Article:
On January 10, the U.S. Bureau of Labor Statistics (BLS) released the last jobs report of the decade. It showed that the economy has now added jobs for 111 straight months at a rate of about 198K new jobs per month on average over that period.
Job growth was somewhat slower in 2019—176K jobs per month on average—but healthy nevertheless.
Sustained job growth over such a long period has brought the topline unemployment rate down to 3.5%—the lowest rate in 50 years. December 2019 was also the first month in which the so-called U-6 unemployment rate (an expanded definition which includes marginally attached workers and those in part-time jobs because they cannot find full-time work) fell below its 2000-era level.
Two big stories jump out of the report.
1. Women now hold more payroll jobs than men do
The employment-to-population ratio for women, aged 25 to 54, has seen a spectacular increase since 2015. The result is that women now hold more payroll jobs than men for the first time since the Great Recession, when traditionally male-dominated occupations like manufacturing took the hardest hit.
Many simultaneous labor force developments have combined to produce this spike in female employment. First, female-dominated industries, like healthcare and education, have grown rapidly. At the same time, male-dominated industries, like transportation, have welcomed large numbers of women. That is partly because apps like Uber and Lyft allow women to sidestep male-dominated taxi companies, work on more flexible terms, and screen potential customers.
Third, the number of men who are staying home to raise children or look after parents has risen, simultaneously reducing male employment and raising female employment. And fourth, 2019 has been a bad year for male-dominated industries, like manufacturing or oil and gas.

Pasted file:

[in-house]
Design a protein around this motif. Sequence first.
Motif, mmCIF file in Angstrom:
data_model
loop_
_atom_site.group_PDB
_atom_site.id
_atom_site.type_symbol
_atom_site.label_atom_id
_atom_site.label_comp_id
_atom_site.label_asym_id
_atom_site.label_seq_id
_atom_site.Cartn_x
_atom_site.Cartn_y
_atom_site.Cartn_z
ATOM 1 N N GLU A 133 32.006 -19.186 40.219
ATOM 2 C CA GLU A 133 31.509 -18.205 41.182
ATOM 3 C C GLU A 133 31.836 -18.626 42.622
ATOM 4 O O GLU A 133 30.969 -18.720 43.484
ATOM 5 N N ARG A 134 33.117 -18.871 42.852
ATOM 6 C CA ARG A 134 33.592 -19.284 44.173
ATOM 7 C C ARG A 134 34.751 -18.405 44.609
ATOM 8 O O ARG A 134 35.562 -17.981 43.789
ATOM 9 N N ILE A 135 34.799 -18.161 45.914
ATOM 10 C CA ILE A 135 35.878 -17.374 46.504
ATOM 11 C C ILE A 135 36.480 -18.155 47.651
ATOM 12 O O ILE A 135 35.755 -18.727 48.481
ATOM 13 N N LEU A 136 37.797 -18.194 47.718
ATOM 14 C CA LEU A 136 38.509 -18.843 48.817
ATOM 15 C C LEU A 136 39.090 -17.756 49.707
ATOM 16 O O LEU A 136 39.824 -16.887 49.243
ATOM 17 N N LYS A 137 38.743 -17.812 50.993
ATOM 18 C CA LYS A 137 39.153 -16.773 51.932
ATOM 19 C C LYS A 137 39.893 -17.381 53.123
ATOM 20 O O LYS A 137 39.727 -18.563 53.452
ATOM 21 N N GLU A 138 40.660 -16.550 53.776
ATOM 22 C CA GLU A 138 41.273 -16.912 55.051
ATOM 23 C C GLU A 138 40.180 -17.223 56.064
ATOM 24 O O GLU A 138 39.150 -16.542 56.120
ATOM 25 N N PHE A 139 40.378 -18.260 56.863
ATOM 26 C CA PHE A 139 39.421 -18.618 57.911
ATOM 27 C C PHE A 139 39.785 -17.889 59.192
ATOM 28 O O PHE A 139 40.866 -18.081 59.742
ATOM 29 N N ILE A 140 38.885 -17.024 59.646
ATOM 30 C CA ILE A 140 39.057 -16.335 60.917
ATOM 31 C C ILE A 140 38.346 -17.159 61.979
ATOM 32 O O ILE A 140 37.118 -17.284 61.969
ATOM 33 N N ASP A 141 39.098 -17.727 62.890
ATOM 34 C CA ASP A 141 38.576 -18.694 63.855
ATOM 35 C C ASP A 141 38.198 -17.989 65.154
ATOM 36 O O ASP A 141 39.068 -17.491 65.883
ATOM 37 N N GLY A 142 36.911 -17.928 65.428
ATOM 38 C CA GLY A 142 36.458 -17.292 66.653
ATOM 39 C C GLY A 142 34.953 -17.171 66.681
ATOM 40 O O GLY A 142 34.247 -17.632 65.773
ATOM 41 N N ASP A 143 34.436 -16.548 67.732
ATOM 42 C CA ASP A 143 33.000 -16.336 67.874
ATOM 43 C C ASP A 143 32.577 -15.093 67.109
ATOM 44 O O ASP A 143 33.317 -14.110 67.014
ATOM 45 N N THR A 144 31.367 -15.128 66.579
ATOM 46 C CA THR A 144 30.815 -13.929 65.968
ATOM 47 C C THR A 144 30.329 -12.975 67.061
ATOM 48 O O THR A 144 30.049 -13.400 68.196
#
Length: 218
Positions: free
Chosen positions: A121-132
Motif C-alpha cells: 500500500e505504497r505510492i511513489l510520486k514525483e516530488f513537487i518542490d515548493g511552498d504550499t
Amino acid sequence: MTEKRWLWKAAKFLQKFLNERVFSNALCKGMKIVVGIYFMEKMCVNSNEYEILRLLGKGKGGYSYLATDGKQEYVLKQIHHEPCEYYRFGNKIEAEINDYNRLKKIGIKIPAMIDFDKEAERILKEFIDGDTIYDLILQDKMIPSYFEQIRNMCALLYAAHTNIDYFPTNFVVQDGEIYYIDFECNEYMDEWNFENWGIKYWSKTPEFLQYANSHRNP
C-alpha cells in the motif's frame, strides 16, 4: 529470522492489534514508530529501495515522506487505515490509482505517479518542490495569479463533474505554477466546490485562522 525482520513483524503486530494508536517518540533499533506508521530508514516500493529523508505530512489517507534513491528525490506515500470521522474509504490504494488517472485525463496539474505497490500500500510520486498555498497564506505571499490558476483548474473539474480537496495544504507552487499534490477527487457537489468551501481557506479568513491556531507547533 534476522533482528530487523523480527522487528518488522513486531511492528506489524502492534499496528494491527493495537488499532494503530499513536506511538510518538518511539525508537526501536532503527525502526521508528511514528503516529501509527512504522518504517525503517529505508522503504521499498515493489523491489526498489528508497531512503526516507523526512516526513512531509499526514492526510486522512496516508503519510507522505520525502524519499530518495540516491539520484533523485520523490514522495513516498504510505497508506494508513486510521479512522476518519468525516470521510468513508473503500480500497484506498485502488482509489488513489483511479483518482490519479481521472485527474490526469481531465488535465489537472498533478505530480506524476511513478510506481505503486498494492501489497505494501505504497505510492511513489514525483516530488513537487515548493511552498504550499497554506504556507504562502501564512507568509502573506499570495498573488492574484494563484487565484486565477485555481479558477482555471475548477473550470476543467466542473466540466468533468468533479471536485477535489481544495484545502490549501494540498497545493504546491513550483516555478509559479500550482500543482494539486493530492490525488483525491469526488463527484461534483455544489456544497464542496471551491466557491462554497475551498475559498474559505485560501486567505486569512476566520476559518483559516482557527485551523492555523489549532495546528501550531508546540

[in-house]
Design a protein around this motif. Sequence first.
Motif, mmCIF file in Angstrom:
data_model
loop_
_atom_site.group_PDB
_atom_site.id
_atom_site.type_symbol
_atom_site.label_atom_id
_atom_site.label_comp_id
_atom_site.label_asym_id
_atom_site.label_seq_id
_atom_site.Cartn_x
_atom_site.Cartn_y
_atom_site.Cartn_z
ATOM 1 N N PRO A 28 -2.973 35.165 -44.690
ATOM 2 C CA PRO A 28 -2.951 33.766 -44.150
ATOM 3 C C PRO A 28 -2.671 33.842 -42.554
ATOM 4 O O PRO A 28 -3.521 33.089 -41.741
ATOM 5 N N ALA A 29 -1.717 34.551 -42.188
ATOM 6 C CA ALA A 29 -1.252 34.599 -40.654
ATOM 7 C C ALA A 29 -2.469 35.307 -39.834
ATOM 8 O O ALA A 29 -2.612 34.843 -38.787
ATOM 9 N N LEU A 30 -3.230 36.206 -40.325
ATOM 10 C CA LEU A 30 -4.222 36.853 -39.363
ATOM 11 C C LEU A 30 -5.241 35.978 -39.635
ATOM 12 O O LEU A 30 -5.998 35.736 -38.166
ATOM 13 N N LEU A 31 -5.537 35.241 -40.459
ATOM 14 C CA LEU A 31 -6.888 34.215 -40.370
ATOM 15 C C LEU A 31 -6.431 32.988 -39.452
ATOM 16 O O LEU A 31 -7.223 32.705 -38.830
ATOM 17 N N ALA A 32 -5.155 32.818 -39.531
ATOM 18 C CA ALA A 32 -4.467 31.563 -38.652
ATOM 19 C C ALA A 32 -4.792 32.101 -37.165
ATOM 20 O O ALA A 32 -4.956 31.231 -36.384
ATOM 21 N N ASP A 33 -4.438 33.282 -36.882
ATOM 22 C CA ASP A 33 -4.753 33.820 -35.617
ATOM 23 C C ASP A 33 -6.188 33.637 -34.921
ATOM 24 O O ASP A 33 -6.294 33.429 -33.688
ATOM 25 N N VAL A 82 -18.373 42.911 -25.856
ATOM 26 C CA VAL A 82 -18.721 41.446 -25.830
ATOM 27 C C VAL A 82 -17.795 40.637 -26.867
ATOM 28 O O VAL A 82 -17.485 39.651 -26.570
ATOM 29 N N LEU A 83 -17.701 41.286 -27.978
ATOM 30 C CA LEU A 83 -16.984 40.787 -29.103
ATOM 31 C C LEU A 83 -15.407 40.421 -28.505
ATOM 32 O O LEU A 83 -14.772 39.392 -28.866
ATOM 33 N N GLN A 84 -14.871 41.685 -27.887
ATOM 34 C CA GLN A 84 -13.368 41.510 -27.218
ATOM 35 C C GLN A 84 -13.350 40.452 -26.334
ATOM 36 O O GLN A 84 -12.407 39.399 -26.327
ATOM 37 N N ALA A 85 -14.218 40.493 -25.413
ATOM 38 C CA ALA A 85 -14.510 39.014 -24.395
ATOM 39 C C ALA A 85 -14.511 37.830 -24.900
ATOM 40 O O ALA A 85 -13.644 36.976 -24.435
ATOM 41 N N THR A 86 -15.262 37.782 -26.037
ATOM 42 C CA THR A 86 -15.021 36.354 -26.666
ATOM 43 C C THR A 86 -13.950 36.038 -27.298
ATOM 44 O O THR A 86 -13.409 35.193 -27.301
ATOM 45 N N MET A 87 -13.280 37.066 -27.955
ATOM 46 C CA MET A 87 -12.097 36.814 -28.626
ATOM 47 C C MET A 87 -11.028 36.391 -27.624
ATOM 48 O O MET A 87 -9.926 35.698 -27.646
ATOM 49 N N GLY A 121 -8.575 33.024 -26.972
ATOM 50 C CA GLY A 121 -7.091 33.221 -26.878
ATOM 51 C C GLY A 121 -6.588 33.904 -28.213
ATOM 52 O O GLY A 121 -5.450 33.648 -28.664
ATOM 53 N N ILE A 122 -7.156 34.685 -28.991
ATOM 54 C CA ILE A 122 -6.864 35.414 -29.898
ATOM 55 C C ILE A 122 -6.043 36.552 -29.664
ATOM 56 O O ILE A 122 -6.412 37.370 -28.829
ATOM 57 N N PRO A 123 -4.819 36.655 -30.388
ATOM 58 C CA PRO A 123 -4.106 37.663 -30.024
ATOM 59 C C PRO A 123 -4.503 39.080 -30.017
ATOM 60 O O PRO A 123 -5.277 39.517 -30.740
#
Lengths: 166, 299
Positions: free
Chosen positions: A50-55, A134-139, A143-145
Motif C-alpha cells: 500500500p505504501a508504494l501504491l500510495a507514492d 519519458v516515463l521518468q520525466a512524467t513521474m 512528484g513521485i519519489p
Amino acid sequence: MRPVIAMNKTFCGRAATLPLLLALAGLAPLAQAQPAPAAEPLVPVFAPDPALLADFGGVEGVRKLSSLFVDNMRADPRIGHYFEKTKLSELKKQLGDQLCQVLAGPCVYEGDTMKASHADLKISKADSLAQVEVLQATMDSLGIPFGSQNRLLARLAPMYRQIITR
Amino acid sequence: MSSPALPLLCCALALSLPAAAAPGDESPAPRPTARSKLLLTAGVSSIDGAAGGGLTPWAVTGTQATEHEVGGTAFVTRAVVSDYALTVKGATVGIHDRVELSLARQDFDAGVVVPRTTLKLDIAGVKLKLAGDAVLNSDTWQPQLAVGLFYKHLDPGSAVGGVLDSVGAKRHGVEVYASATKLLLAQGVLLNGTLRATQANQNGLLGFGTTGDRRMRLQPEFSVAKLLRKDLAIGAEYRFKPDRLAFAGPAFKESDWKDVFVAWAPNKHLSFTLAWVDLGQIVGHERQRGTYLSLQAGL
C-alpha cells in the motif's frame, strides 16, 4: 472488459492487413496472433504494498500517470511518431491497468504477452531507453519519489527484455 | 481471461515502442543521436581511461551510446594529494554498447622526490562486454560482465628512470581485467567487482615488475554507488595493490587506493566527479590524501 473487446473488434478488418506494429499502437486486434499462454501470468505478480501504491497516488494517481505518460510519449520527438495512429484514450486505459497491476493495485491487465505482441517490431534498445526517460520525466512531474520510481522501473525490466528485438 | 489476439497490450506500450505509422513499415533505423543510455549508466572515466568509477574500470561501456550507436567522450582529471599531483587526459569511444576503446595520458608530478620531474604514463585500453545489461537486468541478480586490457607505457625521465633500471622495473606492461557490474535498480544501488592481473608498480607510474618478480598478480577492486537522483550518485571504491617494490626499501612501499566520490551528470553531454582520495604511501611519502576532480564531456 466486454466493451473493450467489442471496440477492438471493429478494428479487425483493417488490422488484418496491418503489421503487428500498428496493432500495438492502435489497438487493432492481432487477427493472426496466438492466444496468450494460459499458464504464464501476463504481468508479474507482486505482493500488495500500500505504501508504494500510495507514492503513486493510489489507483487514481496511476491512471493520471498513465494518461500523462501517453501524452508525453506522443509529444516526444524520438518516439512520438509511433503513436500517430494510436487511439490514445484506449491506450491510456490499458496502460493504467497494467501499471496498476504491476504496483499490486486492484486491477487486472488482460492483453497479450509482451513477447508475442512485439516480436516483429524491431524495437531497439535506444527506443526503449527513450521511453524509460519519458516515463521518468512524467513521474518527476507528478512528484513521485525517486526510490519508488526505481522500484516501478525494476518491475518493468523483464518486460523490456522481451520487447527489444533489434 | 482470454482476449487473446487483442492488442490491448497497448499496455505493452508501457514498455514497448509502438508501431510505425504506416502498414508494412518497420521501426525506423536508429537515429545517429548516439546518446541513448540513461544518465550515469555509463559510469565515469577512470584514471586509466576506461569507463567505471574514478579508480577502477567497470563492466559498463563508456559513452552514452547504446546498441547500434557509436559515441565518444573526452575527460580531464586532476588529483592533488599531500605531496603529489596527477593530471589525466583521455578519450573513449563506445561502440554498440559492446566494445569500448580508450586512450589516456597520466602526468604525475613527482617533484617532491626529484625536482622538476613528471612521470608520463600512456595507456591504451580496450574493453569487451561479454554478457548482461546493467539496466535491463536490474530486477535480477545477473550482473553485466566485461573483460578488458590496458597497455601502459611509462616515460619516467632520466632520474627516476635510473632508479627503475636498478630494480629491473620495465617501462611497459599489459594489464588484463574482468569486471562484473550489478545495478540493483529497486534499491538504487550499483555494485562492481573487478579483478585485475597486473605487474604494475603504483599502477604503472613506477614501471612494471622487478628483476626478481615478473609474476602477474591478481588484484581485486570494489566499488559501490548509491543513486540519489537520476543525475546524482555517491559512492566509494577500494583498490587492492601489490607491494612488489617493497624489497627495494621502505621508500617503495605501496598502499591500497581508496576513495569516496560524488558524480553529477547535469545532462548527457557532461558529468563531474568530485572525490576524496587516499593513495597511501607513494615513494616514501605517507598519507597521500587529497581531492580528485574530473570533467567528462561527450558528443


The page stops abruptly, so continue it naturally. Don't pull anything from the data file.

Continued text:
2. The labor market is still not tight
Instead of continuing to rise as it did during 2018, year-over-year wage growth has now slowed from 3.4% in February to 2.9% in December. At the same time, the employment-to-population ratio for Americans in their prime working years (25 to 54) has continued to rise, reaching 80.4% in December.
Both changes suggest that there is still slack in the labor market. In other words, despite low unemployment, many U.S. businesses are finding the quality candidates they need without having to increase pay dramatically because they are considering candidates who have been out of the labor market for a period.
Rising prime-age employment rates reflect new opportunities for stay-at-home parents, semi-retirees, displaced workers, and even ex-offenders who are hoping to return to the workforce. It is also good news for young people starting out their careers. We would need to see three more years of job growth at this pace to reach the peak prime-age employment rates achieved in around 1999/2000. Until then, wage growth may continue to be tepid outside of occupations that require a great deal of education and training.
The labor market is on a sound footing as we head into 2020
After more than nine years of job growth, the labor market has the wind at its back going into 2020, thanks to accommodative monetary policy, a rising stock market, improving economic conditions abroad, and a partial easing of trade tensions. If the service sector holds strong and the production sector recovers from a relatively weak year, we could see even stronger job numbers in 2020.